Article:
Who’s in Charge?: Luke 19.28-44

Who’s in charge?

To be legitimately IN CHARGE isn’t the same as being in power. Really being IN CHARGE means you have authority from God and the responsibility to represent God.

The importance of the question underlies the news cycle this week—as different groups in our American government balance the desire to hold power with the need to govern justly. And the importance of the question lies front-and-center in our passage.

Who’s in charge? Who has the right from God to rule? 

Luke 19.28-44 begins the final section of Luke’s gospel. As Jesus moves toward Jerusalem creation itself recognizes that Jesus is IN CHARGE (:28-44). As Luke lays out the account, He shows Jesus demonstrating that He’s in charge through His all-knowingness (:28-34). Two disciples are sent ahead to fetch a donkey-colt who’s never been ridden. The owner, Jesus tells the disciples, will ask why they’re taking the animal. They’re to tell him that the “Lord has need of it”. Everything takes place, just as Jesus said.

Then, Jesus fulfills Scripture (:35-38). After entering Jerusalem in a manner that would have reminded the thoughtful follower of Zechariah 9.9, Jesus rides the unbroken colt into the city to the singing of His true followers. There’s not nearly as many of them as there should be, but their praise from Ps 118 describes the rightful king leading pilgrims to the temple and receiving welcome.

Then, Jesus dismisses political fears (:39-40). And some of the Pharisees in the crowd said to him, “Teacher, rebuke your disciples.” He answered, “I tell you, if these were silent, the very stones would cry out.”

The Romans claimed imperium, the right to rule. The Jews recognized Roman imperium, and in exchange received a degree of freedom, including the temple where they worshipped. The Pharisees feared Jesus, because worship of Jesus’ true imperium would certainly result in the loss of political peace with Rome.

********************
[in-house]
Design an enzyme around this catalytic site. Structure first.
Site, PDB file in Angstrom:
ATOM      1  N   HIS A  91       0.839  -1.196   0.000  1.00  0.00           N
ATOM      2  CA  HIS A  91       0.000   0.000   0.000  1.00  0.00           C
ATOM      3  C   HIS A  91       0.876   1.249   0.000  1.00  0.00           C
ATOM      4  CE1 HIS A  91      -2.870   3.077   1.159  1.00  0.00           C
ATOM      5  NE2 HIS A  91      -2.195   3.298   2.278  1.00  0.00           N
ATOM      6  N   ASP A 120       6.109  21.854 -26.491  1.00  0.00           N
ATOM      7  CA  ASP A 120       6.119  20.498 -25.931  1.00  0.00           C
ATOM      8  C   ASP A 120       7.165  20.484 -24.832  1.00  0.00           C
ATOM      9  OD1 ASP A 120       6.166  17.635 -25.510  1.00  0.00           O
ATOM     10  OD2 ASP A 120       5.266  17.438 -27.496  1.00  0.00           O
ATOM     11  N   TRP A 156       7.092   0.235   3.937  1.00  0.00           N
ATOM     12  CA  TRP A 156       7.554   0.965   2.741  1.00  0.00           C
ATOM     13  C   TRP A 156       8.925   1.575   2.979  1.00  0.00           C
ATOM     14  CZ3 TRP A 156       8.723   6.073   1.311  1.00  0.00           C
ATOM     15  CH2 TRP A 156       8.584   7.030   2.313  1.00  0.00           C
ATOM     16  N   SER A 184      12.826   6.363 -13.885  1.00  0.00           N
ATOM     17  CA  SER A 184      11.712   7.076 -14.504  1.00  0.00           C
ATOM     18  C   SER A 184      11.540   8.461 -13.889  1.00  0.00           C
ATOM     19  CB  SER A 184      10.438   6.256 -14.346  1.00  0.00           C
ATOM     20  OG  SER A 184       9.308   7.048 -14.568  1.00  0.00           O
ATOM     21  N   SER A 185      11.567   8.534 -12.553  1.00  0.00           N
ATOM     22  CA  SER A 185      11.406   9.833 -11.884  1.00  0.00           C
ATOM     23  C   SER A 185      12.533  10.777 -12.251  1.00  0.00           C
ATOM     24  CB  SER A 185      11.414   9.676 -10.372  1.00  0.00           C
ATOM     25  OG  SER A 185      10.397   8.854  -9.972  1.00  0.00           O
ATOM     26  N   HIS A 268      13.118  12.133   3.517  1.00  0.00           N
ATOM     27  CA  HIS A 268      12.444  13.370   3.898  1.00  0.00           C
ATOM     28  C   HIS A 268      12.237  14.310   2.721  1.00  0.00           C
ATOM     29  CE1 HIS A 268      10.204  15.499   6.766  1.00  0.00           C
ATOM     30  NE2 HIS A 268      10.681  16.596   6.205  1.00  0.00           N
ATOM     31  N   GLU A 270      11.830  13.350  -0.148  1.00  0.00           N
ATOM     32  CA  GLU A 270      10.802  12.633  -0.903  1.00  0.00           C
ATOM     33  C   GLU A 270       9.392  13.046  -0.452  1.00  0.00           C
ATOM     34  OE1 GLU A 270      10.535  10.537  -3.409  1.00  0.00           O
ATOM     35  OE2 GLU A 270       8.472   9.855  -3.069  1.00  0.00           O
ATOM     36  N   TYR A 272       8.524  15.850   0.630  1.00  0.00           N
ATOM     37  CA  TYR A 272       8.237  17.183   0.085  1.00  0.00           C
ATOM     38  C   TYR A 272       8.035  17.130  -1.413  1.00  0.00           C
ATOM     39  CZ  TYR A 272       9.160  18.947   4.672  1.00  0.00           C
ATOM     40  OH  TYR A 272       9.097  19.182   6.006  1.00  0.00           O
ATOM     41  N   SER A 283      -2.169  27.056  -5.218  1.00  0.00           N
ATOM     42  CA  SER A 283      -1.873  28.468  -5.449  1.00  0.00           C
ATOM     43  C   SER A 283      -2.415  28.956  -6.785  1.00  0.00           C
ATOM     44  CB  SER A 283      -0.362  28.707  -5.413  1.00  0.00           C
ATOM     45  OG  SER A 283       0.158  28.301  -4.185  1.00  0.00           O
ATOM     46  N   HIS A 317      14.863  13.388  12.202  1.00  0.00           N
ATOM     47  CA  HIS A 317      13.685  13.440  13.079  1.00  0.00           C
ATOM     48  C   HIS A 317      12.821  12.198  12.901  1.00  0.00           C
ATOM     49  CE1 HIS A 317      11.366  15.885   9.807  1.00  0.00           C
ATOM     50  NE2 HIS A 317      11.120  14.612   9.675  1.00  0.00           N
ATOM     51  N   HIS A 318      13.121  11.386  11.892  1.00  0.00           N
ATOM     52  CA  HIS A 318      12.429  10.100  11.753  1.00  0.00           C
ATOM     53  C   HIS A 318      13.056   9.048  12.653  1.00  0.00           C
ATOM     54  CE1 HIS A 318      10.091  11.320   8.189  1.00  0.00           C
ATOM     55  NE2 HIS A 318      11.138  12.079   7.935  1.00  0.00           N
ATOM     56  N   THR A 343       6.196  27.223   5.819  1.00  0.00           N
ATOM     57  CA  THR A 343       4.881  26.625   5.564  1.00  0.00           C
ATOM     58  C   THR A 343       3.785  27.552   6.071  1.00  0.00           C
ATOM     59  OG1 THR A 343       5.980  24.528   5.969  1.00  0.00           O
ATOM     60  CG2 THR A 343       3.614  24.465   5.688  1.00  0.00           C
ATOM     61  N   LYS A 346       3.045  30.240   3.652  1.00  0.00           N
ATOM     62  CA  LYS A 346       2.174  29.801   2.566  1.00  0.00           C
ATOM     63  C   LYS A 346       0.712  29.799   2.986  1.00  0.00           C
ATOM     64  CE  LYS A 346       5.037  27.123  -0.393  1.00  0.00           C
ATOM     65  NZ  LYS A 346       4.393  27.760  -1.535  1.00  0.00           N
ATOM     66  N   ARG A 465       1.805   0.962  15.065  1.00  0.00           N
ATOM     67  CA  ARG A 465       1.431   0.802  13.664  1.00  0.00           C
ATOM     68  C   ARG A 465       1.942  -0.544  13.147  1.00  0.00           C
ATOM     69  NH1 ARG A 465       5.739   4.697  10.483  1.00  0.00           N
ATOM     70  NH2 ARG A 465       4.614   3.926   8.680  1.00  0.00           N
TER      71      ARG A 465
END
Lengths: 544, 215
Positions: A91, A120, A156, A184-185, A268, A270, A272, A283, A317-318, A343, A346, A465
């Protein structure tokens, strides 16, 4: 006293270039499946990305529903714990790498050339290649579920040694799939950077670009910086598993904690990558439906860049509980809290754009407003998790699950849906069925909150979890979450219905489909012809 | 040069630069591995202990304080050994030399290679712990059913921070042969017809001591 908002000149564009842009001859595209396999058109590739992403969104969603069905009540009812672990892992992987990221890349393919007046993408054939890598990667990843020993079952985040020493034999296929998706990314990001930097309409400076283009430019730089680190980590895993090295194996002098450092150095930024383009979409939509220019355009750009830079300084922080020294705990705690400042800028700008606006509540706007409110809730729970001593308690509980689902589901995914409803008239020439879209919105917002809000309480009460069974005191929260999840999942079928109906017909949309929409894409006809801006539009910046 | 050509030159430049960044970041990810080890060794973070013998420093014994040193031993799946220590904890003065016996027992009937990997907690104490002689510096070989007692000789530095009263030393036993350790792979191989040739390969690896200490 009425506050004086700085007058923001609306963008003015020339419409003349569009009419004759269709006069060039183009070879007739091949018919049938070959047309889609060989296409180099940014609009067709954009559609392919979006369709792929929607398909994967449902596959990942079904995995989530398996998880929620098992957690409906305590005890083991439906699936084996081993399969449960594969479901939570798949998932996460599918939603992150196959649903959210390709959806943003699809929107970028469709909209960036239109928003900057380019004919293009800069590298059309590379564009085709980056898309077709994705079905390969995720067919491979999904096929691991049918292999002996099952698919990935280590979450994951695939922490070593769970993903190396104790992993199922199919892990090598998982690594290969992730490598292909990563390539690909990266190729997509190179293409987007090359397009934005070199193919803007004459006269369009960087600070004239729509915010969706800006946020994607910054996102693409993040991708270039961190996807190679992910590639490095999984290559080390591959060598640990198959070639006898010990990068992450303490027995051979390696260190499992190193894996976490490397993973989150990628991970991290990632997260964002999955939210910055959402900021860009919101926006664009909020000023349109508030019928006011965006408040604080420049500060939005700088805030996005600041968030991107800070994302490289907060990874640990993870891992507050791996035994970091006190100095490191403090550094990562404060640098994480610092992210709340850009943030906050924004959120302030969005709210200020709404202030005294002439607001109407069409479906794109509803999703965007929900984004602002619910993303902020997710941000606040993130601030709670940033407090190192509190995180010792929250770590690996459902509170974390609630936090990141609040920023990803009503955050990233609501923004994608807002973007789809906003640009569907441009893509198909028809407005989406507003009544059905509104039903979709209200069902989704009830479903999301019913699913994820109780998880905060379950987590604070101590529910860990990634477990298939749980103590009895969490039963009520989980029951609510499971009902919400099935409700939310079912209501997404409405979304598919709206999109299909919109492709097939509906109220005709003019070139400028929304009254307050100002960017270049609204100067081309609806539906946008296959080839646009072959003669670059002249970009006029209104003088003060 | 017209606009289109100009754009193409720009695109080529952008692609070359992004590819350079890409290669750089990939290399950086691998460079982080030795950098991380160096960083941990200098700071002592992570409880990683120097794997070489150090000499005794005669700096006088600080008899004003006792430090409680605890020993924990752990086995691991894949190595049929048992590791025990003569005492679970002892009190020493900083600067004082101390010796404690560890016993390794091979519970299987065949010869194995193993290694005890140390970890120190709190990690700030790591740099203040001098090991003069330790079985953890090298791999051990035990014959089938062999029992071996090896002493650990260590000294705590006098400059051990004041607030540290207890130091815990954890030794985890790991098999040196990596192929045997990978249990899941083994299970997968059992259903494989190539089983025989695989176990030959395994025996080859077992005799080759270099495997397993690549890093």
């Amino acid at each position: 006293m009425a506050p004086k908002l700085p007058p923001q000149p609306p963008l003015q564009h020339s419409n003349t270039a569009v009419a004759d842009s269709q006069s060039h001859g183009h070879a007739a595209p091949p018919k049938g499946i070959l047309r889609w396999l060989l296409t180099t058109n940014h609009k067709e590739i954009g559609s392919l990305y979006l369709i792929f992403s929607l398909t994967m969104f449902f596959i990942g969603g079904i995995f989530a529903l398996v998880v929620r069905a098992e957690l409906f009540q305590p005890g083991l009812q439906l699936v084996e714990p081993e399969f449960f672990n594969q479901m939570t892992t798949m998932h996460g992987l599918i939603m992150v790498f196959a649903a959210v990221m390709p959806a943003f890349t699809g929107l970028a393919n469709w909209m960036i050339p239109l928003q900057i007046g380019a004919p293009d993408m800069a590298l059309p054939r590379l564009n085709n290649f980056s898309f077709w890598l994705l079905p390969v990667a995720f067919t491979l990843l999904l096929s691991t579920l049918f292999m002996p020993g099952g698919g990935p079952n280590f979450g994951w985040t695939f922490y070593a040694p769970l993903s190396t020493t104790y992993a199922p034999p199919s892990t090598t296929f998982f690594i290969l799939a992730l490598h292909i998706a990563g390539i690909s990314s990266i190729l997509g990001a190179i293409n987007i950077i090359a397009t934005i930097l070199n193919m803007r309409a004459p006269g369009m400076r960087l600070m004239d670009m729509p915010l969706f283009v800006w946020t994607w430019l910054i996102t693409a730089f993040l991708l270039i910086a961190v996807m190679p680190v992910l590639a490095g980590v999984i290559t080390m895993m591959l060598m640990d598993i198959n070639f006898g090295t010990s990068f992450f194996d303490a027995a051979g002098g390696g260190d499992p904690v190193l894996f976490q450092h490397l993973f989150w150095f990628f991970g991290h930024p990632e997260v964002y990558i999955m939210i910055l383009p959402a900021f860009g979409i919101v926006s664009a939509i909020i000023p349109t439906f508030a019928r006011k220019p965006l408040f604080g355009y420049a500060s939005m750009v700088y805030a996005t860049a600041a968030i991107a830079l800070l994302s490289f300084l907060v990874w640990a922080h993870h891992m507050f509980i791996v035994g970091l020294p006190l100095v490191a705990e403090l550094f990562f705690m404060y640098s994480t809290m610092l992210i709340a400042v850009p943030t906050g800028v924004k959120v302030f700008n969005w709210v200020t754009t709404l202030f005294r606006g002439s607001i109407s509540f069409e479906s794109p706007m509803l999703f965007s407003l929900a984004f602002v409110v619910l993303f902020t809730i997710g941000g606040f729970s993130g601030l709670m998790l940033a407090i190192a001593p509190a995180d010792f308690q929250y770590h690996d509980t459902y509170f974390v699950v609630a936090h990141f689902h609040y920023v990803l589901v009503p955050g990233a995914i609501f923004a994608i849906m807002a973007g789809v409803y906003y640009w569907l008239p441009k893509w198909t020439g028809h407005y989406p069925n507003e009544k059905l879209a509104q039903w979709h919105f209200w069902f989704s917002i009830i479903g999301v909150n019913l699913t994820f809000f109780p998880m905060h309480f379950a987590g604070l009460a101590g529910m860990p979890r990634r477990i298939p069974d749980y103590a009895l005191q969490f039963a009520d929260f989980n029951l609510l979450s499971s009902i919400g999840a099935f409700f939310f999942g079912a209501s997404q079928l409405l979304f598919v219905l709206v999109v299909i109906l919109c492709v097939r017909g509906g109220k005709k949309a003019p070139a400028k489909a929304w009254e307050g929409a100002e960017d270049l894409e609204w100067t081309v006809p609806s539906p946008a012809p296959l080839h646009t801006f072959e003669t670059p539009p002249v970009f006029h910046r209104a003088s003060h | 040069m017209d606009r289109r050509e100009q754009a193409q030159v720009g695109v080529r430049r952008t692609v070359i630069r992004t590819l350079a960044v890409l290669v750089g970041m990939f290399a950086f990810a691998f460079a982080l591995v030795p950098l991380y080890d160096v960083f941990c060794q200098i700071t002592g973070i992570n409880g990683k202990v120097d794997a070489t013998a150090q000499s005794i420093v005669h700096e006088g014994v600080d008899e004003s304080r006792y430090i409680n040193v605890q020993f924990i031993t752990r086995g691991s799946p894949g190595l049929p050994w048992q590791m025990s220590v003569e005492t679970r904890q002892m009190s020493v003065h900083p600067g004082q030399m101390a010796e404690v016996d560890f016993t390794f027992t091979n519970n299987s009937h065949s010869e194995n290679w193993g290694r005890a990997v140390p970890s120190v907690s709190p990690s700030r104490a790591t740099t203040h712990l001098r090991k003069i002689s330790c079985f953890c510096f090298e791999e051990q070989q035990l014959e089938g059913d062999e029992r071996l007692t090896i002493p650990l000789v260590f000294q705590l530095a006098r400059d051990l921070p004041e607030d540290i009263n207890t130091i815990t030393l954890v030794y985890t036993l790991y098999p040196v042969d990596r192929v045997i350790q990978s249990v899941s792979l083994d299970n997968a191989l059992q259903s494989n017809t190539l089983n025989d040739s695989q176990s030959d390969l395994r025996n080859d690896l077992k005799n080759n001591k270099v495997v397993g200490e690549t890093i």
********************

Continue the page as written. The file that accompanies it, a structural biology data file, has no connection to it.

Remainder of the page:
Jesus responds that creation knows He’s IN CHARGE, even if His own people didn’t. The rocks will cry out, if need be. As Darrell Bock has said, “That which is lifeless knows life when it sees it, even though that which is living does not.”

The Nation did not recognize that JESUS is IN CHARGE (:41-44). In the final section Jesus mourns the Nation’s rejection. The “stones” which, in verse 40, threatened to shout out their praise will be cast down. The city will be leveled by Titus in 70 A.D. (as recorded in Josephus in his War of the Jews). Nothing was gained by rejecting Jesus. In trading Jesus for peace with the Romans, peace with the Romans was lost. The Nation found itself on both the wrong side of history and of eternity.

True followers of JESUS recognize that JESUS is in charge. 

This is true at the level of nations—though God permits different forms of government that ultimately find their authority in Him. This is true in churches. It’s true in families. It’s true in our private lives.

And, our lives will be transformed to the degree that we recognize JESUS is IN CHARGE.

The Good News is that we can embrace Him by faith. And then, we recognize His imperium in every area of our lives.

Jesus is in charge when … the MRI report turns up something … you lose your job … you’re taking care of an elderly parent who won’t get better … you’re a student athlete and you injure yourself and your season is over … you’re not invited to the prom … you want to get married but you’re not encouraged by the prospects … you get robbed or experience injustice … you’re a kid and your parents make a decision you don’t like.

JESUS reigns today! His rule will be established soon. While we press toward His return, let’s join His true followers throughout the ages in living our lives while knowing that JESUS is IN CHARGE.

Here’s some questions to consider with others: 

  1. Where in your life is it most difficult to recognize that JESUS is IN CHARGE?
  2. How would government, business deals, buying and selling, and our daily lives in our workplaces be different, if we consistently believed and applied the truth that JESUS is IN CHARGE?
  3. How does knowing that JESUS is IN CHARGE change the way we respond when we experience injustice?

Have a great week!

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